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All About Coffee in Puerto Rico


An Introduction to Puerto Rican Coffee:

It may not be as famous as its Colombian cousin, but Puerto Rico has enjoyed a long association with coffee. The bean came to the island in the 1700s and quickly became its principal export. It also gave rise to a agrarian mountainfolk who have become romantic symbols of working class Puerto Ricans: the Jíbaros.

The jíbaros were country folk who worked the coffee plantations for the wealthy hacendados, or landowners. They were little better off than indentured servants, and since they were uneducated, their most lasting form of expression came through music; the songs of the Jíbaros have endured over time.

Is the Local Coffee Any Good?:

The answer is a resounding yes! The rich volcanic soil and climate of Puerto Rico's interior proved the perfect place to grow coffee. The city of Yauco, tucked in among the mountains, is famed for its coffee and is known as El Pueblo del Café, or "The City of Coffee." The Café Yauco Selecto brand is among the best known premium blends the island has to offer. Another brand, Alto Grande, is of superpremium quality; that is, it's the highest quality coffee you can buy. Alto Grande is one of only one three coffees to carry this label.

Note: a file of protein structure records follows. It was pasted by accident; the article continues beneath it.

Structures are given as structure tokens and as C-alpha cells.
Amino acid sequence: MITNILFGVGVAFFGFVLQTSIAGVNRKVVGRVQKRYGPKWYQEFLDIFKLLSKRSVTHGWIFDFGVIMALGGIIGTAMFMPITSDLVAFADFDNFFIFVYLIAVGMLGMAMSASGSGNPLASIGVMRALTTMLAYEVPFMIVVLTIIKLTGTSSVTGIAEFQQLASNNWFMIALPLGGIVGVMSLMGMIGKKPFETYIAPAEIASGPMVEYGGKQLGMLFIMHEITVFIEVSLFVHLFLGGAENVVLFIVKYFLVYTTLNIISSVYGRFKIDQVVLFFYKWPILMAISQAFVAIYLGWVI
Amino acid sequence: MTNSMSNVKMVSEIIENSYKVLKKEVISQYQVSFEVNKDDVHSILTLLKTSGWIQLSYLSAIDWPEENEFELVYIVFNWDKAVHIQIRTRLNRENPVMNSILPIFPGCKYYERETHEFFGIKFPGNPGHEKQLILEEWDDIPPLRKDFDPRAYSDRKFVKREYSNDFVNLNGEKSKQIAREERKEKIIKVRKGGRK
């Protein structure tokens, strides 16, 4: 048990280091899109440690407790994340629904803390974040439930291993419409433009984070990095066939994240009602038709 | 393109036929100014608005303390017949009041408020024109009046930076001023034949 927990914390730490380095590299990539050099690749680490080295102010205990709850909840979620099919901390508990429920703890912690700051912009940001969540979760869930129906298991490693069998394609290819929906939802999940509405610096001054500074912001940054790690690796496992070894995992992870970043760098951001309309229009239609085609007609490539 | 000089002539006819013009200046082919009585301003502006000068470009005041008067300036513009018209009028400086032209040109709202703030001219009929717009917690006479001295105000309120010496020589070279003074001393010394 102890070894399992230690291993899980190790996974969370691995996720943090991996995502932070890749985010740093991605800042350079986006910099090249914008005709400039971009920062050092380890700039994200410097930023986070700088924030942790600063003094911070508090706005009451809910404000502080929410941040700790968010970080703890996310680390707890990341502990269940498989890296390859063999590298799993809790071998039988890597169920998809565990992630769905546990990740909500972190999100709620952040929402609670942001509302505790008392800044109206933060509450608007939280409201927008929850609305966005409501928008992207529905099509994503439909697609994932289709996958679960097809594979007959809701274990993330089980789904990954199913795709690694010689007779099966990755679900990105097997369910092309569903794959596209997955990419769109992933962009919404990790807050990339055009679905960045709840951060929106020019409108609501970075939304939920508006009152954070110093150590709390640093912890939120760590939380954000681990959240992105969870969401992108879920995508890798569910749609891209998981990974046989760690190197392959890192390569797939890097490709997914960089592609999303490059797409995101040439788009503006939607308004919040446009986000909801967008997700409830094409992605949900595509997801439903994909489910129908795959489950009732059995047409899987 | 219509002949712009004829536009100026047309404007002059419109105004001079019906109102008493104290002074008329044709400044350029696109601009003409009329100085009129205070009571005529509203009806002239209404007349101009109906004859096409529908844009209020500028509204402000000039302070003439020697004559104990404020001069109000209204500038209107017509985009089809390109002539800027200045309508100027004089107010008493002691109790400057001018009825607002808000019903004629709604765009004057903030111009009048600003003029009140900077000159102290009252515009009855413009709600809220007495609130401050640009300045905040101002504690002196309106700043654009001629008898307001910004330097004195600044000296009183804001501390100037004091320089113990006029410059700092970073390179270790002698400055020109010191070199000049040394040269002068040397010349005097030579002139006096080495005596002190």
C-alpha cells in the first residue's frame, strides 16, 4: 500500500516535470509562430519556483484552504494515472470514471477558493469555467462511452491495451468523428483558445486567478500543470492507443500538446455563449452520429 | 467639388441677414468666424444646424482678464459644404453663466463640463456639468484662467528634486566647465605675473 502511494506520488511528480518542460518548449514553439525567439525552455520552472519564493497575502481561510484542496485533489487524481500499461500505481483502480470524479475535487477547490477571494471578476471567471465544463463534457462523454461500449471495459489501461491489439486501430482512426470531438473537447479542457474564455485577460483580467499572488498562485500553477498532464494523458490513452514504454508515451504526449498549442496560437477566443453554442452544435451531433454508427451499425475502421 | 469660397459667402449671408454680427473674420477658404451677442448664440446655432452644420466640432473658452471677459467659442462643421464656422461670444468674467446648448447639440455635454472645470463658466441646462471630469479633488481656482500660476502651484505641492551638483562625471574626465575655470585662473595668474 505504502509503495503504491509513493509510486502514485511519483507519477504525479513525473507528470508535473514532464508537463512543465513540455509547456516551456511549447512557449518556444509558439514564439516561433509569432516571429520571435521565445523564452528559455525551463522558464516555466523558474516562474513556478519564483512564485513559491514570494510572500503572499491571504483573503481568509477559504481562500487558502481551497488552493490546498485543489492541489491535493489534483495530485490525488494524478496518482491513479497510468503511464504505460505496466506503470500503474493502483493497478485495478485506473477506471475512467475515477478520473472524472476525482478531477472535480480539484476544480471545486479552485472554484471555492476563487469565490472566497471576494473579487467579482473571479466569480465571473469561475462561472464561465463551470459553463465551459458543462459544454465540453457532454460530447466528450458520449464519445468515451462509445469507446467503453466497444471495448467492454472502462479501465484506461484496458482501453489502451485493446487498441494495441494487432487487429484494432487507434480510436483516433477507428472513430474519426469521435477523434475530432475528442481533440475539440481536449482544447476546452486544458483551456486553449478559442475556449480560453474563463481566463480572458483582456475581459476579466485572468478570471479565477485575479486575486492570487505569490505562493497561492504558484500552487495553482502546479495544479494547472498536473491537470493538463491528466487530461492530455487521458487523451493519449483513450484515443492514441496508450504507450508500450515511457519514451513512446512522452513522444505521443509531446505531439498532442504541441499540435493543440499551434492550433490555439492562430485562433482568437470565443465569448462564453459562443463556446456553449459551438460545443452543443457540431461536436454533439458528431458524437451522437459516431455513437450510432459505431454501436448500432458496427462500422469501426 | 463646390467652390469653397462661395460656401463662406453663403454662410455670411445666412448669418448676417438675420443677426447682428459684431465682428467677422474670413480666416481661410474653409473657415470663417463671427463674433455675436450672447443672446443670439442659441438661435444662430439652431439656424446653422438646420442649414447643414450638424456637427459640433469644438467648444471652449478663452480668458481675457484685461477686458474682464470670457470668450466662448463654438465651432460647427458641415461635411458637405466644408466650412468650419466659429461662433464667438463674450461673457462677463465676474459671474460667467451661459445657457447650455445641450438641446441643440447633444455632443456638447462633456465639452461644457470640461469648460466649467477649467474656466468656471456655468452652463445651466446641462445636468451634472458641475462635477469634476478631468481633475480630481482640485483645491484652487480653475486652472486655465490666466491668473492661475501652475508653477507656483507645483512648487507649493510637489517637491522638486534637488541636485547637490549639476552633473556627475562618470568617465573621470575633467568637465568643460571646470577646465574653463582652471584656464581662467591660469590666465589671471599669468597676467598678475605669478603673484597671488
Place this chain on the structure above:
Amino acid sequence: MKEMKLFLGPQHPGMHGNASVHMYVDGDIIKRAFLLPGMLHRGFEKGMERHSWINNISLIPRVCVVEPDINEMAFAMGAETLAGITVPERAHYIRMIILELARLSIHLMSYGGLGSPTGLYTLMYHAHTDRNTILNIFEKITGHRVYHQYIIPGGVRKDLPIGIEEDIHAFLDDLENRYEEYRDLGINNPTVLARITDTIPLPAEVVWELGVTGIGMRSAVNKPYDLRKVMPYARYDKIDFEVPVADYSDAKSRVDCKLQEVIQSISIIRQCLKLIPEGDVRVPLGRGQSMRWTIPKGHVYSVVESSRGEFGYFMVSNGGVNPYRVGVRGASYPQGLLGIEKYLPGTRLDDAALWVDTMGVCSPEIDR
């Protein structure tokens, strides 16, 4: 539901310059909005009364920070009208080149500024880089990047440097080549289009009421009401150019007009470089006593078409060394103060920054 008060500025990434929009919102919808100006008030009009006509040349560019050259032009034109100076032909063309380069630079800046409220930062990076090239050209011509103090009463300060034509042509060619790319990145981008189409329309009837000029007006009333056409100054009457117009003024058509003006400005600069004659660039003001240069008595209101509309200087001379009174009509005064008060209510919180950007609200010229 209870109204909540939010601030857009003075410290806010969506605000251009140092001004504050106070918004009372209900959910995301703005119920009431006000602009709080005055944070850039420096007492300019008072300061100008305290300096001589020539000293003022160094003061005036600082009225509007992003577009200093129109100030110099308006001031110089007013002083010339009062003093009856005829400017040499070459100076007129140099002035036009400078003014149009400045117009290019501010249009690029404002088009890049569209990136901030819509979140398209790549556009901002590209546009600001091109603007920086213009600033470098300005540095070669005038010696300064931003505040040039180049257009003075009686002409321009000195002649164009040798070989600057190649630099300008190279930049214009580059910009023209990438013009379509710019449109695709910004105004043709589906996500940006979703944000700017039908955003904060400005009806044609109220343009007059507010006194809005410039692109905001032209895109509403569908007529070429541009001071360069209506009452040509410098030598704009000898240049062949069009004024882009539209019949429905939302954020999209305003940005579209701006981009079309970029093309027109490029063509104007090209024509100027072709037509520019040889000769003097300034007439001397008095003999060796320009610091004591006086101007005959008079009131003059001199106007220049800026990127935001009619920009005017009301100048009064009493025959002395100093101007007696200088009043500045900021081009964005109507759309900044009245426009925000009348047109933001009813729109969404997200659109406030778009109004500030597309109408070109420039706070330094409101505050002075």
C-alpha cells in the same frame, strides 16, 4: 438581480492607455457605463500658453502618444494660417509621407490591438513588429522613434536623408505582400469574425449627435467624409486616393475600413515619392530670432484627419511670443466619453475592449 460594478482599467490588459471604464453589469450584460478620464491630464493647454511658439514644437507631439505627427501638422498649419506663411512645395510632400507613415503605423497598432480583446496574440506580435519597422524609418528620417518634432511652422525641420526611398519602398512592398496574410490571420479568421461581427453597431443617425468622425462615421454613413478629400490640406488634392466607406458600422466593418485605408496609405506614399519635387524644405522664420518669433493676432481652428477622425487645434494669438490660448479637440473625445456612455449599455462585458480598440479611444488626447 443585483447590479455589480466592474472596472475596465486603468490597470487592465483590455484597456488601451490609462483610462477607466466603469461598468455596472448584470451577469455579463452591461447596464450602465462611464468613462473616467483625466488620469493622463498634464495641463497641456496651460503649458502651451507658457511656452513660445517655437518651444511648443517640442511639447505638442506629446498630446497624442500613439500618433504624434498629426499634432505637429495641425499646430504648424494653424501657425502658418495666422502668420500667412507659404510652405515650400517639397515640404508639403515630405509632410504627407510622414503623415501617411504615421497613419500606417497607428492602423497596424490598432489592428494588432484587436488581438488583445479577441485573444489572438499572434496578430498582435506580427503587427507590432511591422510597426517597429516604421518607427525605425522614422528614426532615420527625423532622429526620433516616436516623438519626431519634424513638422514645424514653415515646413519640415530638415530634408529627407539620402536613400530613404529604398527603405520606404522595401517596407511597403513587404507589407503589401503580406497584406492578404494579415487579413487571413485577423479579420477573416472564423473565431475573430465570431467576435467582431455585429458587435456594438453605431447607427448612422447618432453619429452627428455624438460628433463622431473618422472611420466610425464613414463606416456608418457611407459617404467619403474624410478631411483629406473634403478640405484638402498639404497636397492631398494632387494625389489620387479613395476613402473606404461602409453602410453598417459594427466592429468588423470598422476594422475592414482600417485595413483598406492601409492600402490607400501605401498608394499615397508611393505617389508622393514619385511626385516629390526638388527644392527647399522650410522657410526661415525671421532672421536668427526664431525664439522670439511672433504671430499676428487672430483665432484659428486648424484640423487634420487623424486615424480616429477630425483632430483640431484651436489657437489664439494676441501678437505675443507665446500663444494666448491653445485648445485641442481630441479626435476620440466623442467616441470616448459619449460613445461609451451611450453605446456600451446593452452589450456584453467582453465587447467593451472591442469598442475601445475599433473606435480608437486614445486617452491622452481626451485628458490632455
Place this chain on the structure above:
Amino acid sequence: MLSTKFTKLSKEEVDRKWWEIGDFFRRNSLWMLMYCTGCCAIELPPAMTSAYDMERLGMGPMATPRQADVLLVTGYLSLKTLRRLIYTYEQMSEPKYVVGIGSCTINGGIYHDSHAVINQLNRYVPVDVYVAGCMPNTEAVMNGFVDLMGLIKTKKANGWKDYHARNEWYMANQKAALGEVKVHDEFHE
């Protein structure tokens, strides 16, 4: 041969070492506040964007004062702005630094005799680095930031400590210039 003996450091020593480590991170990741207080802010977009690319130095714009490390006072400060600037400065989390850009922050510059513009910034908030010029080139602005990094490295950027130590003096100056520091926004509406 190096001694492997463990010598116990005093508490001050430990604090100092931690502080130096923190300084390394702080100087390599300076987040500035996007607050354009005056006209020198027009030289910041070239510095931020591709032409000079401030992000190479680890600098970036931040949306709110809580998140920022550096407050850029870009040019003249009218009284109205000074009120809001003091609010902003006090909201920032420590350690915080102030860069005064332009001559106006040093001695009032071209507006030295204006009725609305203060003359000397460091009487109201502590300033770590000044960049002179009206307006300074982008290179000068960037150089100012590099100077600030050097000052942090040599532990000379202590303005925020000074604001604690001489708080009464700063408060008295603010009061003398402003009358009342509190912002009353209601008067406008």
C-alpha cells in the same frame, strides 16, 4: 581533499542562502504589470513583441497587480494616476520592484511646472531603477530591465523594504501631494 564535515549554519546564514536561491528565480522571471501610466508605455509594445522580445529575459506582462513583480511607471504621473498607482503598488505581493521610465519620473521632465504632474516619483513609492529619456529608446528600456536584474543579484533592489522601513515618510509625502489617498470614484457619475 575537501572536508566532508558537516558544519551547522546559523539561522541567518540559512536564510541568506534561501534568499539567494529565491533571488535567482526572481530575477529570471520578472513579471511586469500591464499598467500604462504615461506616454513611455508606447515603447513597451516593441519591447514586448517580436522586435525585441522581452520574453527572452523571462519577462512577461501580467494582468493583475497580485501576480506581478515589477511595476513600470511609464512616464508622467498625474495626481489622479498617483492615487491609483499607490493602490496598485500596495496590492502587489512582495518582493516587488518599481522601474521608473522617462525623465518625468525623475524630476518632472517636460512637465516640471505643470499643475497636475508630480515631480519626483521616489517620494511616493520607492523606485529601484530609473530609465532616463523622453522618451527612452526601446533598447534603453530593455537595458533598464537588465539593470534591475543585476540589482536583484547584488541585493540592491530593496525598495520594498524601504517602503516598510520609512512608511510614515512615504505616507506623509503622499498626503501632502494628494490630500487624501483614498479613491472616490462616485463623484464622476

How Puerto Ricans Take Their Coffee:

Generally, there are three ways to order your coffee (Café Americano is a fourth, but it is hardly the favorite):
  • An Expreso is your standard Italian espresso, brewed in an espresso machine and usually taken black. A local term for expreso is pocillo, which is a reference to the small cups in which the drink is served.
  • My favorite is the Cortadito, which anyone familiar with Cuban coffee will know. This is an expresso layered with a thin sheen of steamed milk.
  • Café con leche is like a latté, but in Puerto Rico it usually involves a large dollop of milk in an even larger cup.

Can I Visit a Coffee Plantation:

You may indeed. Several tour companies offer tours to coffee plantations, which are fun trips in Puerto Rico's interior. Acampa, Countryside Tours and Legends of Puerto Rico all offer them.

As for which ones to visit, the following all offer tours and welcome visitors (but call ahead before you go):

  • Café Bello in Adjuntas
  • Café Hacienda San Pedro in Jayuya
  • Café Lareño in Lares (787-897-3643)
  • Hacienda Ana in Jayuya (787-378-7551)
  • Hacienda Buena Vista in Ponce (787-722-5882 Monday-Friday, 787-284-7020 on weekends)
  • Hacienda Palma Escrita/La Casona in Las Marías (787-210-8252)
  • Hacienda Patricia in Ponce (787-813-1878)
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